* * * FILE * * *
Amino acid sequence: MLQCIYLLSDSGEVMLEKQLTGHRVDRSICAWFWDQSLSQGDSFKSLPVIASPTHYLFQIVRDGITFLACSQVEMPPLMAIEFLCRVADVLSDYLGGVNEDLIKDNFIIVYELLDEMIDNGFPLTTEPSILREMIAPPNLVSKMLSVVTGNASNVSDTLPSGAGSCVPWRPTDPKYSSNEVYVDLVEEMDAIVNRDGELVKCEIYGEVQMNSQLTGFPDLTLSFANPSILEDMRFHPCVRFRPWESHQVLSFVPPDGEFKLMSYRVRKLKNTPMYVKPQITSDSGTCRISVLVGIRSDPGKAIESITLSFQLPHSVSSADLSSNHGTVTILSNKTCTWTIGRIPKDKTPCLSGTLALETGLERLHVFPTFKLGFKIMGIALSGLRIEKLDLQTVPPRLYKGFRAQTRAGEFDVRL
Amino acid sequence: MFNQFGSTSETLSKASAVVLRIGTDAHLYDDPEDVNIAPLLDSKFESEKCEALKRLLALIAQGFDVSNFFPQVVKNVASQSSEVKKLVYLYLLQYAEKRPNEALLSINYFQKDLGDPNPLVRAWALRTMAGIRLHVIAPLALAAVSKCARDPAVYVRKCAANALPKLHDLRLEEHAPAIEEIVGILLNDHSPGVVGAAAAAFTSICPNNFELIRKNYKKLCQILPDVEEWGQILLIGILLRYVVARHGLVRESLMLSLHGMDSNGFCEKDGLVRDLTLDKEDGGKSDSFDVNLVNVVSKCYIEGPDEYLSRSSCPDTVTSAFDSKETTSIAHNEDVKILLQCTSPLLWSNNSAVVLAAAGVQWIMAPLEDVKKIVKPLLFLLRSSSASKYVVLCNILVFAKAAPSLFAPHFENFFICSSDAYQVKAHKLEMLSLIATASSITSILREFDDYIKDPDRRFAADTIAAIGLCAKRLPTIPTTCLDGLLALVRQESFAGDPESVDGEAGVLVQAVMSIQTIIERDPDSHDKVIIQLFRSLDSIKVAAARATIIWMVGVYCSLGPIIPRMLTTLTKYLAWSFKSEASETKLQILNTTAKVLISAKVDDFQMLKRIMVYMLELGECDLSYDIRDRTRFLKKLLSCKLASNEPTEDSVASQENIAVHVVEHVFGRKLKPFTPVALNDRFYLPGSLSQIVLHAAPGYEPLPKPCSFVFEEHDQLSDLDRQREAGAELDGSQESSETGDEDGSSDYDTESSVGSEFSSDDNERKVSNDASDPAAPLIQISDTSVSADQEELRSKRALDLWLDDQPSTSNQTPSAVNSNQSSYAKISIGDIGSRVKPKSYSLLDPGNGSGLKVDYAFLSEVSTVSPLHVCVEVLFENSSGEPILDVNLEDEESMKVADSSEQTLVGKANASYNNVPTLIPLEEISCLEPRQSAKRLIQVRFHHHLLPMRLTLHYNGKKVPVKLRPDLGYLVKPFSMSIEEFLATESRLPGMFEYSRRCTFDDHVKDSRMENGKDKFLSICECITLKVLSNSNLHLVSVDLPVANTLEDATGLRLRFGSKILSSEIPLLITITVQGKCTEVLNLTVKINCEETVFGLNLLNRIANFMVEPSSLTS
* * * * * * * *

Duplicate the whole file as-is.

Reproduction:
Amino acid sequence: MLQCIYLLSDSGEVMLEKQLTGHRVDRSICAWFWDQSLSQGDSFKSLPVIASPTHYLFQIVRDGITFLACSQVEMPPLMAIEFLCRVADVLSDYLGGVNEDLIKDNFIIVYELLDEMIDNGFPLTTEPSILREMIAPPNLVSKMLSVVTGNASNVSDTLPSGAGSCVPWRPTDPKYSSNEVYVDLVEEMDAIVNRDGELVKCEIYGEVQMNSQLTGFPDLTLSFANPSILEDMRFHPCVRFRPWESHQVLSFVPPDGEFKLMSYRVRKLKNTPMYVKPQITSDSGTCRISVLVGIRSDPGKAIESITLSFQLPHSVSSADLSSNHGTVTILSNKTCTWTIGRIPKDKTPCLSGTLALETGLERLHVFPTFKLGFKIMGIALSGLRIEKLDLQTVPPRLYKGFRAQTRAGEFDVRL
Amino acid sequence: MFNQFGSTSETLSKASAVVLRIGTDAHLYDDPEDVNIAPLLDSKFESEKCEALKRLLALIAQGFDVSNFFPQVVKNVASQSSEVKKLVYLYLLQYAEKRPNEALLSINYFQKDLGDPNPLVRAWALRTMAGIRLHVIAPLALAAVSKCARDPAVYVRKCAANALPKLHDLRLEEHAPAIEEIVGILLNDHSPGVVGAAAAAFTSICPNNFELIRKNYKKLCQILPDVEEWGQILLIGILLRYVVARHGLVRESLMLSLHGMDSNGFCEKDGLVRDLTLDKEDGGKSDSFDVNLVNVVSKCYIEGPDEYLSRSSCPDTVTSAFDSKETTSIAHNEDVKILLQCTSPLLWSNNSAVVLAAAGVQWIMAPLEDVKKIVKPLLFLLRSSSASKYVVLCNILVFAKAAPSLFAPHFENFFICSSDAYQVKAHKLEMLSLIATASSITSILREFDDYIKDPDRRFAADTIAAIGLCAKRLPTIPTTCLDGLLALVRQESFAGDPESVDGEAGVLVQAVMSIQTIIERDPDSHDKVIIQLFRSLDSIKVAAARATIIWMVGVYCSLGPIIPRMLTTLTKYLAWSFKSEASETKLQILNTTAKVLISAKVDDFQMLKRIMVYMLELGECDLSYDIRDRTRFLKKLLSCKLASNEPTEDSVASQENIAVHVVEHVFGRKLKPFTPVALNDRFYLPGSLSQIVLHAAPGYEPLPKPCSFVFEEHDQLSDLDRQREAGAELDGSQESSETGDEDGSSDYDTESSVGSEFSSDDNERKVSNDASDPAAPLIQISDTSVSADQEELRSKRALDLWLDDQPSTSNQTPSAVNSNQSSYAKISIGDIGSRVKPKSYSLLDPGNGSGLKVDYAFLSEVSTVSPLHVCVEVLFENSSGEPILDVNLEDEESMKVADSSEQTLVGKANASYNNVPTLIPLEEISCLEPRQSAKRLIQVRFHHHLLPMRLTLHYNGKKVPVKLRPDLGYLVKPFSMSIEEFLATESRLPGMFEYSRRCTFDDHVKDSRMENGKDKFLSICECITLKVLSNSNLHLVSVDLPVANTLEDATGLRLRFGSKILSSEIPLLITITVQGKCTEVLNLTVKINCEETVFGLNLLNRIANFMVEPSSLTS